The filtrate is desolventised leaving an enriched fraction in a yield of 58.5 g corresponding to 5.9% by weight of the oil mixture.

ParameterStarting oilEnriched fraction
Total unsaponifiables, %0.914.5
Total tocopherols, ppm6985593
Total trans-fatty acids, %bdl1.0
Enrichment factor calc. on16.1
total unsaponifiables
Enrichment factor calc. on8.0
total tocopherols

Based on the analytical figures enrichment factors have been calculated. This clearly demonstrates that by applying this new process of the invention on an oil with a low content of unsaponifiable matter it is possible to produce a highly enriched fraction that at the same time has a low trans-fatty acid content making it suitable for food and non-food applications.

The enrichment factor for total unsaponifiables is much higher than for the low melting tocopherols.

Furthermore, the invented process is recovering the major part of the total unsaponifiable matter. The total mass in the oil mixture is 9 g (0.9% of 1000 g), and the yielded fraction contains 8.5 g (14.5% of 58.5 g) corresponding to a recovery of 94.4% of the total unsaponifiable matter.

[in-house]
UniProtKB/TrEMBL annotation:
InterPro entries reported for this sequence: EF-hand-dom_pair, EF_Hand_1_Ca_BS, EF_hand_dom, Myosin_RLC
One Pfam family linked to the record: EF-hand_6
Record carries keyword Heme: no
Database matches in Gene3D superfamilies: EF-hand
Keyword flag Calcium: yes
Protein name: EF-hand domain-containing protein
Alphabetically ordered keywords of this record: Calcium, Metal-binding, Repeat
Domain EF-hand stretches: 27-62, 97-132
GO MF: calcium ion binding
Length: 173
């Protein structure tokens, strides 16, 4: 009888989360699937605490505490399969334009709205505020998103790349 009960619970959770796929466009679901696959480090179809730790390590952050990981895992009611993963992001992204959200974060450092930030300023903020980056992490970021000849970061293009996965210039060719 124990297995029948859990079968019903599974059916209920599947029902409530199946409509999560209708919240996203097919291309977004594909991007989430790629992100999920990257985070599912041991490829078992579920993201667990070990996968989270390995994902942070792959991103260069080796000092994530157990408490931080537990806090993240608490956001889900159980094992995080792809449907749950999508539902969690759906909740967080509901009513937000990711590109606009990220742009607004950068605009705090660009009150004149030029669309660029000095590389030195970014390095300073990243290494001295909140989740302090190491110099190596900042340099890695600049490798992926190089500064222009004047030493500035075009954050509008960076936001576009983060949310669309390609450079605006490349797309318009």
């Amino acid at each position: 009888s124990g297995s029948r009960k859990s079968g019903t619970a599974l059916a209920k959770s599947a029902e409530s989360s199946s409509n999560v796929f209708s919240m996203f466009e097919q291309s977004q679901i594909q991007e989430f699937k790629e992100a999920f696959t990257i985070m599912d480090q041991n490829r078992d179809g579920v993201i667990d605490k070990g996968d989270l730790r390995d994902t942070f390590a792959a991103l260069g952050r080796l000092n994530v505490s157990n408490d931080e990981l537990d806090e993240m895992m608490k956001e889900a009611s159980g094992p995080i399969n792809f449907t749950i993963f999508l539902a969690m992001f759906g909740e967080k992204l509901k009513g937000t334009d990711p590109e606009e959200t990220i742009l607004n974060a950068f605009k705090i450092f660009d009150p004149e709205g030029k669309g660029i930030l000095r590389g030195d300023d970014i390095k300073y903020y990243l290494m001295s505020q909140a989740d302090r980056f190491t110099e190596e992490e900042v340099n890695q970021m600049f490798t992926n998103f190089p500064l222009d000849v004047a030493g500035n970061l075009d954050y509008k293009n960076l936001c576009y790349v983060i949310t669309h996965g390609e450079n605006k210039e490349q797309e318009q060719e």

Example 2

Oil Enriched with Unsaponifiable Matter Originating from Rapeseed

The procedure in Example 1 was repeated, except that the carrier oil used was a speciality oil with a high oxidative resistance. This oil is commercially available under the trade name “Cremeol PS-6” (Cremeol is a trademark of Aarhus Olie). The oil is produced by multiple dry-fractionation of partly hydrogenated rapeseed, sunflower or soybean oil.

The oil is characterised by the following typical values:

Saponification value186–195
Iodine value82–92
Slip melting point, ° C.6
Solid fat content at 20° C. %0
Rancimat value at 120° C., h40
Predicted shelf life at 20° C., years5
Fatty acids by GC:
Palmitic, C16:0, %4
Stearic, C18:0, %4
Total C18:1, %84
Linoleic, C18:2, %5
Total trans-fatty acids, %29

The carrier oil “Cremeol PS-6” was added to the fully hydrogenated rapeseed oil in an amount of 5% of the total oil mixture. The fractionation of the oil mixture was performed as described in Example 1.

The results are described in the following table.

ParameterStarting OilEnriched Fraction
Total unsaponifiables, %0.910.9
Total Tocopherols, ppm6985322
Total trans-fatty acids, %bdl22.8
Enrichment factor calc.12.1
on total unsaponifiables
Enrichment factor calc.7.6